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Fiancee Visas

VIEWS: 15 PAGES: 3

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									 CHARLES H. KUCK | MANAGING PARTNER | T: 404.949.8154 | CKUCK@IMMIGRATION.NET




             K Visas – Marriage of a United States Citizen to a Foreign National

         We live in a world that is becoming smaller and smaller. As world travel has become
easier, the frequency of marriages between nationals of different countries has also
significantly increased. United States citizens are no exception to thisl trend.

        While not perfect, the United States’ immigration system has established visas that are
designed to enable the marriage of U.S. citizens to nationals of foreign countries. The
Immigration and Nationality Act of 1952 created the K-1 visa for fiancées of U.S. citizens and
their unmarried children under the age of 21(K-2). In 2000, the Legal Immigration and Family
Equity Act, commonly known as the LIFE Act, amended the K visa program to also allow a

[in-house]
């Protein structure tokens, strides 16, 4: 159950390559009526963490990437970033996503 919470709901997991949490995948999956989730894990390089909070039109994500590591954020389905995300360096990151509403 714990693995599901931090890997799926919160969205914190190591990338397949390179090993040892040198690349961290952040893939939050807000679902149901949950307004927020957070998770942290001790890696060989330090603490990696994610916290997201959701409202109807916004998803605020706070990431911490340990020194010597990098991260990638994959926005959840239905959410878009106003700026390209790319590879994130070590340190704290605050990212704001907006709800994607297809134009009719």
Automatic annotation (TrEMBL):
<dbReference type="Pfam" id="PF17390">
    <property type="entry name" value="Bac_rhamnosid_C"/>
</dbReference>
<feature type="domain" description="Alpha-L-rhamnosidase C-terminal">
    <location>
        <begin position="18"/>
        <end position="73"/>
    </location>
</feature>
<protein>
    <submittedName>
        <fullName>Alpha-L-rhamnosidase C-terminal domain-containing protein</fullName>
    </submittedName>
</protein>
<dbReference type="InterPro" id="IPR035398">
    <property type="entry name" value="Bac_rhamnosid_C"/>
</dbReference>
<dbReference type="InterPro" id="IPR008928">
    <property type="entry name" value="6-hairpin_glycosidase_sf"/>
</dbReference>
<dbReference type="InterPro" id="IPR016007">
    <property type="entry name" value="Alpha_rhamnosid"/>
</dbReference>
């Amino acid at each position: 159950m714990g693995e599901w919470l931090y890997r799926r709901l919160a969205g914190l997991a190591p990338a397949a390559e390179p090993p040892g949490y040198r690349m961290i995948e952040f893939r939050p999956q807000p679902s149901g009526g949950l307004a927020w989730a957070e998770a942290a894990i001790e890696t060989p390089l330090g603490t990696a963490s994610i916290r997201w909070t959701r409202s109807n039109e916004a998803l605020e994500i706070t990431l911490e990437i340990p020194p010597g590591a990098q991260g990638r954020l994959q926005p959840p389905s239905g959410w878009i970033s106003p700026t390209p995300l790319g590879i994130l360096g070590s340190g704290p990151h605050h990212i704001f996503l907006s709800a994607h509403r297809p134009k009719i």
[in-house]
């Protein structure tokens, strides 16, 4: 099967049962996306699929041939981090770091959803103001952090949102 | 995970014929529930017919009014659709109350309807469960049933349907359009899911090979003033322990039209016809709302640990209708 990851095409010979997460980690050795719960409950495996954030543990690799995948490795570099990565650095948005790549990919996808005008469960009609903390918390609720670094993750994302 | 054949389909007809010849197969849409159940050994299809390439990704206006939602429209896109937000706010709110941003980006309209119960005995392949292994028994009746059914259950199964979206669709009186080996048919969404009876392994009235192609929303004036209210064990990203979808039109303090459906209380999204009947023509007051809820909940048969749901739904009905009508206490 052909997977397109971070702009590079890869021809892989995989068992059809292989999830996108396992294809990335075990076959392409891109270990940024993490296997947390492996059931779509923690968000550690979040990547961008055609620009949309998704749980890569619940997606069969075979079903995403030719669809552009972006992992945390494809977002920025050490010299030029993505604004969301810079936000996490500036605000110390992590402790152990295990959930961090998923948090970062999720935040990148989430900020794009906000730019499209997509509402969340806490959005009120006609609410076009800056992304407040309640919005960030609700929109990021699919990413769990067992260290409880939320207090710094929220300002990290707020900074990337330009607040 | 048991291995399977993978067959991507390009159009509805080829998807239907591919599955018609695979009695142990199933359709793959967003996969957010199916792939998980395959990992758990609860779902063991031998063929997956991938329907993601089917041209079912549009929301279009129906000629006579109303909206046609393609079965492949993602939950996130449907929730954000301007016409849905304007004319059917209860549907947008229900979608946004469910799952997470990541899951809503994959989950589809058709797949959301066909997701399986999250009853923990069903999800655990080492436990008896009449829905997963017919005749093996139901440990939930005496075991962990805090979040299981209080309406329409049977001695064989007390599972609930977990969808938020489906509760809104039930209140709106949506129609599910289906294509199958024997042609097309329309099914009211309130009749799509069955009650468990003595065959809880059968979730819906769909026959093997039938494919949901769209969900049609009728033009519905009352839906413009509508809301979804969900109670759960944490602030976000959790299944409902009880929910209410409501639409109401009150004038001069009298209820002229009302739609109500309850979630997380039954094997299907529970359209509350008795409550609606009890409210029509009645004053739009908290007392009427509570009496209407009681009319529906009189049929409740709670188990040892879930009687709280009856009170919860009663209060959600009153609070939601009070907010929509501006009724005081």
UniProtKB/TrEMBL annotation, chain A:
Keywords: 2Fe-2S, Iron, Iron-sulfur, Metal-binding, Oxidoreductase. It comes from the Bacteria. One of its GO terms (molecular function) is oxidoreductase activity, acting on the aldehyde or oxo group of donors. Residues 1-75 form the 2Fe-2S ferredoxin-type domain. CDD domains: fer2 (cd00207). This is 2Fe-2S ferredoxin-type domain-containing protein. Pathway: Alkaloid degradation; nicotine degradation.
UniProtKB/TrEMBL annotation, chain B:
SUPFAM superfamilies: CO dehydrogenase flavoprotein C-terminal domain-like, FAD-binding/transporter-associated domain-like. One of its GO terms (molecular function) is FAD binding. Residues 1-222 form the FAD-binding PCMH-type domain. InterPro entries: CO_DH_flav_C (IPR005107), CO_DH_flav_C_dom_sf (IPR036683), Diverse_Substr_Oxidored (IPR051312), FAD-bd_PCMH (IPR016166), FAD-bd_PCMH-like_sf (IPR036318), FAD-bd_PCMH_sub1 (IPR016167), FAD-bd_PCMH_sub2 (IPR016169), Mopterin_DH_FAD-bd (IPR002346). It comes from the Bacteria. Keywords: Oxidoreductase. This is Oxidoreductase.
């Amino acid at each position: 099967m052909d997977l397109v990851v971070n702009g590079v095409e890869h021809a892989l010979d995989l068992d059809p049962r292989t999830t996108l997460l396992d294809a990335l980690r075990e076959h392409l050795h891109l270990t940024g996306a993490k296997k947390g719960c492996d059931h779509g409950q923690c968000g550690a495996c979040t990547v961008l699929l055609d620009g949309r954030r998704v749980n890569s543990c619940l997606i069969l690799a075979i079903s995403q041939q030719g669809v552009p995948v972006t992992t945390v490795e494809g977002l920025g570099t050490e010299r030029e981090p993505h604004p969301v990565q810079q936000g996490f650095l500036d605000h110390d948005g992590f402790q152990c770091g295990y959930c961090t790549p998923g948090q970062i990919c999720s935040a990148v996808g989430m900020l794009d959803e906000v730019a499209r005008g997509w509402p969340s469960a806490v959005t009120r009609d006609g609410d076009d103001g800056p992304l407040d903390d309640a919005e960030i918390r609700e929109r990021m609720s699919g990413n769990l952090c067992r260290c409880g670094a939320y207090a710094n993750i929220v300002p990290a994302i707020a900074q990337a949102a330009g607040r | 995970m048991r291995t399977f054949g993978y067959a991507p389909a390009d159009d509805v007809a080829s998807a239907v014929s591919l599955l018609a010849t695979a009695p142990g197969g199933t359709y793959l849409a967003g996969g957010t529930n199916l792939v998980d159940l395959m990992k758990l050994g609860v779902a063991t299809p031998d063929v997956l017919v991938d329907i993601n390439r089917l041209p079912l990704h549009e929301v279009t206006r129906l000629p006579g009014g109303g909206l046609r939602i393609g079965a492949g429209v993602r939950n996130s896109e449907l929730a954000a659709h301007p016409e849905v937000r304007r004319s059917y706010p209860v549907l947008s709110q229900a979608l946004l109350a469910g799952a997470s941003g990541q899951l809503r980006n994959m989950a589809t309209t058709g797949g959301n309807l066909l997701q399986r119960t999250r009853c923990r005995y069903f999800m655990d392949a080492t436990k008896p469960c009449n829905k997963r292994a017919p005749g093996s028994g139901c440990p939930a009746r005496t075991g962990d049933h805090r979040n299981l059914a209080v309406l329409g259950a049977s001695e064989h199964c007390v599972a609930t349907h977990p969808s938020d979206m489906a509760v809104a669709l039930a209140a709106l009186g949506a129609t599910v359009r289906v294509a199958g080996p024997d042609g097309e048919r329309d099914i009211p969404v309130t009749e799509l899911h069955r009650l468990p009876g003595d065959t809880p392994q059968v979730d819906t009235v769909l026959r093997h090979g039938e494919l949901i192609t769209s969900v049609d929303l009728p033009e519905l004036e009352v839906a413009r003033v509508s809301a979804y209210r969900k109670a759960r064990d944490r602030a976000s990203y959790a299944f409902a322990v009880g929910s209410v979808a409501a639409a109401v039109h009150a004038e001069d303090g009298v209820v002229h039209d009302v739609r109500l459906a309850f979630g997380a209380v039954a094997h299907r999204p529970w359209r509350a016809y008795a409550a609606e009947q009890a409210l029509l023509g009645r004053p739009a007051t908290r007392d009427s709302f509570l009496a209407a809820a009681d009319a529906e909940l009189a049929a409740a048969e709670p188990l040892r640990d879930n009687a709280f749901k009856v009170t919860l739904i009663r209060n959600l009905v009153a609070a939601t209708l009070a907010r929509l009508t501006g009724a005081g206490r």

spouse of a U.S. citizen, and that spouse’s children under the age of 21, to obtain a K-3(K-4)
visa.

       Despite falling within the same category of K visas, the K-1 and K-3 visa processes
are remarkably different. Therefore, it is vital that the couple understand their options and
follow the path that will best meet their needs.

K-1 Fiancee’s Visa

        In these types of cases, the U.S. citizen is considered the Petitioner and the foreign
fiancée is considered the Beneficiary. In order for a K-1 visa to be issued to the Beneficiary,
the Petitioner must first obtain an approved I-129F petition from the U.S. Citizenship and
Immigration Service (“CIS”). In order for an I-129F petition to be approved, the Immigration
Service must find from the evidence submitted that: (1) the Petitioner and Beneficiary have
met in person within the two years immediately preceeding the filing of the petition; and (2)
the Petitioner and Beneficiary are legally able to marry within 90 days after the beneficiary
enters the United States.